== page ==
June 9, 2022
Can The Summer Heat Actually Make Your Allergies Worse?
Summer heat is proven to circulate mold spores and pollen, making seasonal allergies worse. These tiny particles and items can cause discomfort for a lot of people. When the air is warmer and more humid, it becomes easy for allergens to float from anywhere inside or outside your home. This includes common places like flower beds and lawns but also grasses, weeds, trees, and any plants nearby. As a result, many of us suffer uncontrollable allergies when the summer heat comes along.
Heat promotes plant growth which means more pollen
Many plants pollinate based on environmental triggers which is why we have different allergy seasons caused by different plants. To know what allergens are the worst in which season, download our allergy calendar. Most grasses tend to pollinate in the heat, especially in warm areas like Texas, Florida, and Arizona, which is why grass allergies peak in the summer. Add in the constant mowing of lawns and summer breezes, and grass pollen easily gets into the air we breathe and into our lungs.
With summer heat comes summer bugs and insects
And by summer bugs, we’re mostly talking about cockroaches. Out of all the non-plant or mold allergies that we test for, the cockroach is one of the most common that people are allergic to. So, you can put that on the already expansive list of why cockroaches are the worst.
Cockroaches are always around in Texas, but summer is when they become the most bold and abundant. The feces, saliva, and shedding body parts of cockroaches can all be allergy triggers and these allergens work like most where it's spread by getting swept up in the air. Luckily, decreasing the effects of cockroach allergy is the same as decreasing the number of cockroaches in your house. Be sure to keep your house clean, keep food in containers, and fix leaks and areas where cockroaches will flock.
Also included on the list of summer allergies, is mold
If there’s one allergen that likes water more than cockroaches, it’s mold. Not only is mold hidden in the water, but on those hot, almost suffocating days, mold is in the air too. The humidity in the air plays a big role in our allergies because excess moisture in the air creates mold. This can play a role both indoors and outdoors, creating a breeding ground for allergens such as mildew, mold, dust mites, and bacteria.
When we go to constantly damp and humid areas like lakes, swimming holes, and even pools, we’re exposing ourselves to more outside mold than we usually encounter. Mold allergies, along with dust, are one of the most common but unrecognized allergies for the general public. When you’re going out to the water in the summer heat, you’ll need to make sure you’re prepared with an antihistamine to combat your allergic symptoms.
Speaking of mold, it’s not just affecting us outdoors – it’s also affecting us in our homes.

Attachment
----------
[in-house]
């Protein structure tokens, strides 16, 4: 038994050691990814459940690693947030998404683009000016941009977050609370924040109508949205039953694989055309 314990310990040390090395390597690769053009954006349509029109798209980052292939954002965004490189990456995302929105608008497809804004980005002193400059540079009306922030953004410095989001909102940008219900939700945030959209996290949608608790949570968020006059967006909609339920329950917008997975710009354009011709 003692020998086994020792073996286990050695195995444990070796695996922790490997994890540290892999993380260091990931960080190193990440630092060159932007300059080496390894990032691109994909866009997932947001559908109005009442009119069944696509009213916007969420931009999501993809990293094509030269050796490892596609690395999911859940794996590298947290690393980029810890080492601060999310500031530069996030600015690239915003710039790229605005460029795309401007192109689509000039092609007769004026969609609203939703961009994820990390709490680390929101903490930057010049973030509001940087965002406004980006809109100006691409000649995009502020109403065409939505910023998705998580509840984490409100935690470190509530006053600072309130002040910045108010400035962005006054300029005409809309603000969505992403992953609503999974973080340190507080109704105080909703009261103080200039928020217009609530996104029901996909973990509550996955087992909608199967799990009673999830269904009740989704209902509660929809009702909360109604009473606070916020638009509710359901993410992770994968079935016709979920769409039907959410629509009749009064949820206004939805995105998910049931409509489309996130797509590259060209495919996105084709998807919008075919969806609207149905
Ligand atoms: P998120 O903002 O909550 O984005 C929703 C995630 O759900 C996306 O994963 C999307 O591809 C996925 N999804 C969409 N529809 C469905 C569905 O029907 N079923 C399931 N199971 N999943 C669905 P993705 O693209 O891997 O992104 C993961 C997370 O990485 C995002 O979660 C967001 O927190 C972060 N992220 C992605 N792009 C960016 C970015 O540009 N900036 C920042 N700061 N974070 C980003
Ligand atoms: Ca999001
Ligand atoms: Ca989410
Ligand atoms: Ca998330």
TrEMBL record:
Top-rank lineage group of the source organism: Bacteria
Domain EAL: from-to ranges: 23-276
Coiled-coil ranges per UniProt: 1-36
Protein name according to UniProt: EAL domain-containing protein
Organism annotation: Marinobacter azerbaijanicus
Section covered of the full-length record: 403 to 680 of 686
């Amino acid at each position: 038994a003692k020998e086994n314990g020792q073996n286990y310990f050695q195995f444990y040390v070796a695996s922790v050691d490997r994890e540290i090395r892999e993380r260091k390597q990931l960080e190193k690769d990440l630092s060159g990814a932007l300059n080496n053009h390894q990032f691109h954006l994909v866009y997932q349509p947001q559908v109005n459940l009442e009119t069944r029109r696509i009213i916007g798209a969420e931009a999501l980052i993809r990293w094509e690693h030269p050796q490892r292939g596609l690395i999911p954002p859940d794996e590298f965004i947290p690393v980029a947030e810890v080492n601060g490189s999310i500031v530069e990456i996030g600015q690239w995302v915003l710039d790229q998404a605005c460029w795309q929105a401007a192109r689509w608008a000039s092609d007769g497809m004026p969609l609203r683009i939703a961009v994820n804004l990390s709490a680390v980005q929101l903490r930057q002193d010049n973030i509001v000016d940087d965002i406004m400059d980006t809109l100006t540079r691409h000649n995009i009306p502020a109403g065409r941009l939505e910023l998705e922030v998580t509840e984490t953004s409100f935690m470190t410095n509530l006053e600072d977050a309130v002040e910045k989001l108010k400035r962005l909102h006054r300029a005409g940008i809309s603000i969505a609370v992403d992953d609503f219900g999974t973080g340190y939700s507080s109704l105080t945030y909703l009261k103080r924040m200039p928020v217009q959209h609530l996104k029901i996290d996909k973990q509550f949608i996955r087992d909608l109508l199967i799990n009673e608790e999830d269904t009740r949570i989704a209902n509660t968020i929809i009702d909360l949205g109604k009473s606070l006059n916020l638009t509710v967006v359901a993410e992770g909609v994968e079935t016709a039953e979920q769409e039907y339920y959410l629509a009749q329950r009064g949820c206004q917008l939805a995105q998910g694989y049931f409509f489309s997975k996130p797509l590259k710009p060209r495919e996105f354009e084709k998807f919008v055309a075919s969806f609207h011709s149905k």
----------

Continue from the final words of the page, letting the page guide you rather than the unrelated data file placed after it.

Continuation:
Indoor allergies are also an issue in summer
Sometimes you look at your weather app and see 3 digits depicting the current temperature for the day. A lot of us take that as a good excuse to have a lazy day inside. And trust me, there’s nothing wrong with doing that! However, when we’re staying inside for longer periods of time in the summer, we’re exposing ourselves to indoor allergens and this is even true for all the neat freaks out there. An estimated 70% of homes have mold behind their walls. For some, a little mold can be fine and not really influence your health or breathing, but mold allergies are extremely common and a lot of times that means our indoor air quality may be worse than the outdoors.
And mold isn’t the only allergen causing the sniffles inside your house, dust mites are just as big of a factor. Dust mites and mold are year-round allergens with serious effects on your health. Dust mites also like to spend most of their time where you are (hopefully) spending 8 hours every day -- your bed.
Dust can be much more manageable than mold because it’s not hiding behind the wall, but if you have children, pets, roommates, or anyone sharing your space with you, that manageability becomes less and less realistic.
Manage your indoor allergies by decreasing the amount of humidity inside your home. You can do this by using an air purifier. This will help reduce the amount of moisture in the air and deter mold and other allergens from producing.
How to treat summer allergies
If you notice your allergies are becoming unmanageable and ruining your summer fun, it's time to seek treatment. At Aspire, we offer long-term relief through multiple treatments.
- Allergy shots can be used to treat seasonal and environmental allergies like molds, pollen, and dust. Allergy shots are administered weekly or monthly in the clinic. They're a great option for many people.
- Allergy drops are also used to treat allergens such as mold, pollen, and dust. They are just as effective as allergy shots and are customized to treat your allergies. Allergy drops are made to be taken at home or on the go, so need to worry about missing appointments while on summer vacation.
- In just 3 easy appointments, you can find complete allergy relief! ExACT is an 8-week treatment that is clinically proven to be as effective as three years of allergy shots! ExACT is proven to have an 87% long-term success rate, if you want allergy relief fast, this is your best option!
The point of this blog isn’t to scare you, but to prepare you.
Don't keep guessing if it's summer allergies or a cold. Take an allergy test and be prepared for your allergy season. Too many people spend their summers sniffling and sneezing while blaming it on a cold or illness when it’s something as simple as allergies.
Think about this summer and if you felt under the weather. If it was pretty consistent, maybe you shouldn’t blame it on sharing some chips and queso with a friend, and instead, take control of your allergies and make an appointment today!